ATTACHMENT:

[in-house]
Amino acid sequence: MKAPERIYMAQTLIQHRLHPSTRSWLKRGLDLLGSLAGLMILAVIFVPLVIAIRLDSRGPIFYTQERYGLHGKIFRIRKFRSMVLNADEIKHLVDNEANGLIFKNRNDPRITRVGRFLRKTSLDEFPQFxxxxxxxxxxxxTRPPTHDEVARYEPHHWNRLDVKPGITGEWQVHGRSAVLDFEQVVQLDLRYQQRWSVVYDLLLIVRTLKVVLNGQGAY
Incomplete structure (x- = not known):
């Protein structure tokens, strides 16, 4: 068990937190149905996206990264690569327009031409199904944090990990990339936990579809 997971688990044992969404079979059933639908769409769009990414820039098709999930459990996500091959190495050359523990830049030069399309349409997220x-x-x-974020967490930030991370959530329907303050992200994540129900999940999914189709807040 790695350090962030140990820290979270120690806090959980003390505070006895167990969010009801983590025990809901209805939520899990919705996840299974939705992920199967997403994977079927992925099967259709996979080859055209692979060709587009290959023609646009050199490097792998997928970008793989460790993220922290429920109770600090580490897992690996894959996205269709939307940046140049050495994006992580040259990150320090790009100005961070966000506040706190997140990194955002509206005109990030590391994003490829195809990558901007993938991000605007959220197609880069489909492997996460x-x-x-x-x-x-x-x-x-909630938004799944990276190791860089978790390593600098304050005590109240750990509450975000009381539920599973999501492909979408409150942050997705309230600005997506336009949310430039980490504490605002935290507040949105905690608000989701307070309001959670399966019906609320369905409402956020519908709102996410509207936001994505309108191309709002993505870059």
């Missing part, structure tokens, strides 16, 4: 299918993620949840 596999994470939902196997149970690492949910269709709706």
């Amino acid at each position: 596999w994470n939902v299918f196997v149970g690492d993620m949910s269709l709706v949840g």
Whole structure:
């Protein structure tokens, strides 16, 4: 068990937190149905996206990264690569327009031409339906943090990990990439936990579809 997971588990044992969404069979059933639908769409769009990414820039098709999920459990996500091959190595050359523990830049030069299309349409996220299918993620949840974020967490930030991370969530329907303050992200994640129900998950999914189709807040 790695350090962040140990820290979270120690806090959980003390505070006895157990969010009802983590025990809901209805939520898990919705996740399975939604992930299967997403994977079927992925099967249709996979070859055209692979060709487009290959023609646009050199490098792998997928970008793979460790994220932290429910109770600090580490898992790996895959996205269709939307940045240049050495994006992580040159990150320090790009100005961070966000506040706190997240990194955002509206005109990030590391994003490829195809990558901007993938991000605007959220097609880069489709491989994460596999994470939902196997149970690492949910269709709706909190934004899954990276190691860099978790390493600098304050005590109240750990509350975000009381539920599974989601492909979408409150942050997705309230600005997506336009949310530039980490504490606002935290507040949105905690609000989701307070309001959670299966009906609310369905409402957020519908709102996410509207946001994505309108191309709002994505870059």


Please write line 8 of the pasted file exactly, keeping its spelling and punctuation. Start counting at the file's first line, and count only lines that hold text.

């Protein structure tokens, strides 16, 4: 068990937190149905996206990264690569327009031409339906943090990990990439936990579809 997971588990044992969404069979059933639908769409769009990414820039098709999920459990996500091959190595050359523990830049030069299309349409996220299918993620949840974020967490930030991370969530329907303050992200994640129900998950999914189709807040 790695350090962040140990820290979270120690806090959980003390505070006895157990969010009802983590025990809901209805939520898990919705996740399975939604992930299967997403994977079927992925099967249709996979070859055209692979060709487009290959023609646009050199490098792998997928970008793979460790994220932290429910109770600090580490898992790996895959996205269709939307940045240049050495994006992580040159990150320090790009100005961070966000506040706190997240990194955002509206005109990030590391994003490829195809990558901007993938991000605007959220097609880069489709491989994460596999994470939902196997149970690492949910269709709706909190934004899954990276190691860099978790390493600098304050005590109240750990509350975000009381539920599974989601492909979408409150942050997705309230600005997506336009949310530039980490504490606002935290507040949105905690609000989701307070309001959670299966009906609310369905409402957020519908709102996410509207946001994505309108191309709002994505870059």